As part of investigations into alleged diversion against a former Special Adviser to ex-President Jonathan on Domestic Affairs, Waripamowei Dudafa, the anti-graft agency had frozen four companies’ accounts in Skye Bank with a balance of $15,591,700.

However, before the EFCC could arraign the four companies in court, Jonathan’s wife deposed to an affidavit, claiming that the money belonged to her.Despite Patience’s claims, however, the EFCC arraigned the four companies –Pluto Property and Investment Company Limited; Seagate Property Development and Investment Company Limited; Trans Ocean Property and Investment Company Limited; and Globus Integrated Service Limited.

The companies pleaded guilty and the EFCC had already begun moves to ensure that the money is forfeited permanently to the Federal Government.

A detective at the EFCC told The PUNCH, “Recall that we had frozen the four companies’ accounts, which Patience Jonathan later laid claim to. We have been able to establish that the money was part of proceeds of crime.

“She had no evidence that the money in the four accounts belonged to her. All she had were platinum debit cards, which she was using to withdraw money and the cards are not evidence of ownership.

“Initially, we had traced $5m to her personal account, which we did not touch but I can confirm to you now that the $5m account, bearing Patience Jonathan’s name, has also been seized since she claimed that the monies in the company accounts and the one in her personal name all emanated from the same source.

“We are tracing other accounts belonging to Patience. It will interest you to know that despite all the letters she has written, she has never stated where she got the money from. She claimed to be a housewife and yet she has $20m.”

Patience had recently written a letter to the acting Chairman of the EFCC, Mr. Ibrahim Magu, where she claimed that she needed the money for her medical treatment abroad.

She had also sued Skye Bank for N200m, accusing the bank of freezing her accounts unjustly.

In a letter written by her lawyers, Granville Abibo (SAN) and Co, Patience said, “It is noteworthy to emphasise that the said accounts, which were in US dollar denomination, were card-based accounts and our client is the sole signatory of these accounts.

“The said bank officials also assured our client that they will change the account names accordingly and issue to our client new credit cards for the said accounts which was not done despite repeated demands.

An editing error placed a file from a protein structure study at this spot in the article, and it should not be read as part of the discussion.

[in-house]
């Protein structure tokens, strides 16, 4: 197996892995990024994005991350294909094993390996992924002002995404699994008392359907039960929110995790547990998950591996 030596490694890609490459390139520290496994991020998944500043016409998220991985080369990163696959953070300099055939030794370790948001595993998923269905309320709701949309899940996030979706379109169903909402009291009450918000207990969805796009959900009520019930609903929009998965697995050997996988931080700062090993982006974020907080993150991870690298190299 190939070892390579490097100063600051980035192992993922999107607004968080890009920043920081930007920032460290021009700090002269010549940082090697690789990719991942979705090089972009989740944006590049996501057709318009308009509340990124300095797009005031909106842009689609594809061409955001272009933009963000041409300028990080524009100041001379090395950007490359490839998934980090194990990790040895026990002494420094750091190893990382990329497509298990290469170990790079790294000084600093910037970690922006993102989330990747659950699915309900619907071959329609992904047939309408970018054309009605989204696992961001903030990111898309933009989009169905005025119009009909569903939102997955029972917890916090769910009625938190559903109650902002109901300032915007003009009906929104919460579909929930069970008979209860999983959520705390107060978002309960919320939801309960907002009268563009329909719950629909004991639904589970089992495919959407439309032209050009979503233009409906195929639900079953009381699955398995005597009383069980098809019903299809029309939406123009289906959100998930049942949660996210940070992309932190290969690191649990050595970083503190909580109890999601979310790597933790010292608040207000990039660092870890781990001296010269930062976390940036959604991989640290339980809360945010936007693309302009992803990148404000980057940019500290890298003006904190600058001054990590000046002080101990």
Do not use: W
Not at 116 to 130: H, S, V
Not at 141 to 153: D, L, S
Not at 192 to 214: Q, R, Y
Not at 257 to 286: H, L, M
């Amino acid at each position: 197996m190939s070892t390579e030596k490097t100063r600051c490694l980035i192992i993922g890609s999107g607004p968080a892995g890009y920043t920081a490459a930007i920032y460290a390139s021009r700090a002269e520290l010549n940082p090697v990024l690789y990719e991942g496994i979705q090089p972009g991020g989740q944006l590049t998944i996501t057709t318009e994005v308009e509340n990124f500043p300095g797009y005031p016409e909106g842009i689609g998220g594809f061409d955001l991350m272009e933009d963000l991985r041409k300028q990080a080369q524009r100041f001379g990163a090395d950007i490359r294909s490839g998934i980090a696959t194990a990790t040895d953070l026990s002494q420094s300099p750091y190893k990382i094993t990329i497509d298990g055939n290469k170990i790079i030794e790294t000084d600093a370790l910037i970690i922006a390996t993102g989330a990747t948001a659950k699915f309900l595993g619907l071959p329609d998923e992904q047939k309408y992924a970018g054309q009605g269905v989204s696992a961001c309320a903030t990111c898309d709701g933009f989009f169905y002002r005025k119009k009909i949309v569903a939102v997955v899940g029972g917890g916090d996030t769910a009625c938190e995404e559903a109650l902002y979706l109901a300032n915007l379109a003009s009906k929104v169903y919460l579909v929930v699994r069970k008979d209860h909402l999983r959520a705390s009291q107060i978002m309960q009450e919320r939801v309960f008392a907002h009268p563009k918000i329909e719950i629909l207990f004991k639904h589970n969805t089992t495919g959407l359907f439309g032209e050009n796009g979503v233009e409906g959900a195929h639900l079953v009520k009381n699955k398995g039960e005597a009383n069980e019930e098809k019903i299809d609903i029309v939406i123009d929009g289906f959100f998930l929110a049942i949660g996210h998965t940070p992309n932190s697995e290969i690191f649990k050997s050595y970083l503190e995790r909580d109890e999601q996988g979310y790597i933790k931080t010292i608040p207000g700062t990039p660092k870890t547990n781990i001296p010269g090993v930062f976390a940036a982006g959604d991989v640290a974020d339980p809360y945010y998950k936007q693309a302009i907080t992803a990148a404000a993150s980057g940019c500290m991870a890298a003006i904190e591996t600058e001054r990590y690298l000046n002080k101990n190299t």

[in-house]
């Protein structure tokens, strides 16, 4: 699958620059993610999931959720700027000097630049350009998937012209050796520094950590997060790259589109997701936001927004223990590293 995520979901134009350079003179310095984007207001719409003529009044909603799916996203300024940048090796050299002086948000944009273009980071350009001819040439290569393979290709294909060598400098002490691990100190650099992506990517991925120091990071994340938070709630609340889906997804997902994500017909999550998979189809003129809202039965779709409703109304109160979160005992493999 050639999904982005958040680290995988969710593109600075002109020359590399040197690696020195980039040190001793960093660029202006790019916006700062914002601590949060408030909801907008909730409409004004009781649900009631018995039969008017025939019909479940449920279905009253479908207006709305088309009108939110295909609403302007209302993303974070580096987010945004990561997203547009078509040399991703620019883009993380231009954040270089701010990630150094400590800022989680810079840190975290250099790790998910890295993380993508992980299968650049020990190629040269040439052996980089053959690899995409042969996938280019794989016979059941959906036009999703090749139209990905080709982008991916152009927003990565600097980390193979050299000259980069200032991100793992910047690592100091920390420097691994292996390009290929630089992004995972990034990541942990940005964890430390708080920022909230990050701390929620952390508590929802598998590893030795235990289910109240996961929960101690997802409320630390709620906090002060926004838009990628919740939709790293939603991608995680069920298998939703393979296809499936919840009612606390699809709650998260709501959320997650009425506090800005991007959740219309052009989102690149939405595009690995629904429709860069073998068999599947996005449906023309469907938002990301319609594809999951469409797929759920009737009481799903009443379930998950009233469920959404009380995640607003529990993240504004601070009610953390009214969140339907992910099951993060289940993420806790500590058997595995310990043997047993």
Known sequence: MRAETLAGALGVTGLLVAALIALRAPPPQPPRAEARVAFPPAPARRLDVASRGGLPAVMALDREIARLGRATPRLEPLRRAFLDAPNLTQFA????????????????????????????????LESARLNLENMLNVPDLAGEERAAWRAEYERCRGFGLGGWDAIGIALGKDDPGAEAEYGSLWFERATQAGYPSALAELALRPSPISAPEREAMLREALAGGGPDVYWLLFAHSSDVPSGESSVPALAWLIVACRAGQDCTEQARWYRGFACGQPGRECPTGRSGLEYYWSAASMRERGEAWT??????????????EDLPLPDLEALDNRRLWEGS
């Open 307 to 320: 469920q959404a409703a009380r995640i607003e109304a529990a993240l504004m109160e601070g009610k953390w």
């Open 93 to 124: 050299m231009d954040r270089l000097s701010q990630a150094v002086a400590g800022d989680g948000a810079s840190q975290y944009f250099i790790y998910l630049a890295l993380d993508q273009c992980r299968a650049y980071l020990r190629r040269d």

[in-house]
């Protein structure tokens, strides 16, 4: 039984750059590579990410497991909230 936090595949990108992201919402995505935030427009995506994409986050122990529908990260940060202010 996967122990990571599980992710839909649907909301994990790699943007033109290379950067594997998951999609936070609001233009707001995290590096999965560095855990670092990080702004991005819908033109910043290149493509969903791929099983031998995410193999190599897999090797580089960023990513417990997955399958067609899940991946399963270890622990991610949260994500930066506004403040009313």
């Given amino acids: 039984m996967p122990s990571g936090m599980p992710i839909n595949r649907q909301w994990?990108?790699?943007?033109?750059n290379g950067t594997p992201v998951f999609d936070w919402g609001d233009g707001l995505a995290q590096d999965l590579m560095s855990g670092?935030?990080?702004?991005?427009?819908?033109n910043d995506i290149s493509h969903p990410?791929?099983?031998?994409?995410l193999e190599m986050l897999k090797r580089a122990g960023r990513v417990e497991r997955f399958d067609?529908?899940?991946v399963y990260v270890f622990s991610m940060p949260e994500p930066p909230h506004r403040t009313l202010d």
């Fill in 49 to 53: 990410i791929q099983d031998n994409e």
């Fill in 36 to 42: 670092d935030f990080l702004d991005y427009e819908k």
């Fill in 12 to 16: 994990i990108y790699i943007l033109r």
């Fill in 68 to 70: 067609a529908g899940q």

“However, our client has been operating the said accounts using the cards for her medical bill payments and purchases for her private purposes without any let or hindrance.

“Our client was therefore surprised when the said cards stopped functioning on July 7, 2016 or thereabout. Our client immediately thereupon contacted Skye Bank Plc through our solicitors. It was only then that the bank officials informed our client that the said accounts were placed on a ‘No Debit Order’ following investigations and instructions from your commission and this is without notice to our client by either the bank or the commission.

“It is in the light of the foregoing that we urge you to use your good offices to vacate the ‘No Debit/Freezing Order’ placed on the said accounts.”

Published in Headliners

The Supreme Court has upheld the election of Mr Yahaya Bello as the duly elected Governor of Kogi State.

The seven-man panel headed by Justice Sylvester Ngwata affirmed the election after listening to the closing statements of all the counsel.

The court also said it would provide reasons for its decision on September 30.

There had been four appeals against the Court of Appeal rulings with the Supreme Court expected to decide if Mr Bello should continue as Kogi governor or vacate office.

One of the appeals was by the immediate past governor of the state and candidate of the opposition PDP, Idris Wada, while another was by Mr James Faleke who was the deputy governorship candidate to late Abubakar Audu.

Mr James Faleke of the All Progressives Congress (APC) had challenged the decision of the Kogi State governorship election petition tribunal which upheld the election of Yahaya Bello as the validly elected governor.

Mr James Falake was the deputy governorship candidate to late Abubakar Audu who died before the conclusion of the governorship election that was to see him elected as governor.

Yahaya Bello was then presented by the party, All Progressives Congress (APC) as replacement for Audu, a decision Mr Faleke challenged, arguing that he should have stepped into the position, having together with the late Audu gone through the election process.

He approached the Supreme Court after being dissatisfied with the judgement of the election tribunal and Appeal Court which both upheld Yahaya’s eligibility.

Channels Tv reports that it is expected that Kogi State would be peaceful in spite of the judgment which would be met with different reactions by parties involved.

The Kogi State Police Command had warned that it would deal decisively, in accordance of the law, with anyone caught taking laws into his hands, as the Supreme Court delivers its judgment.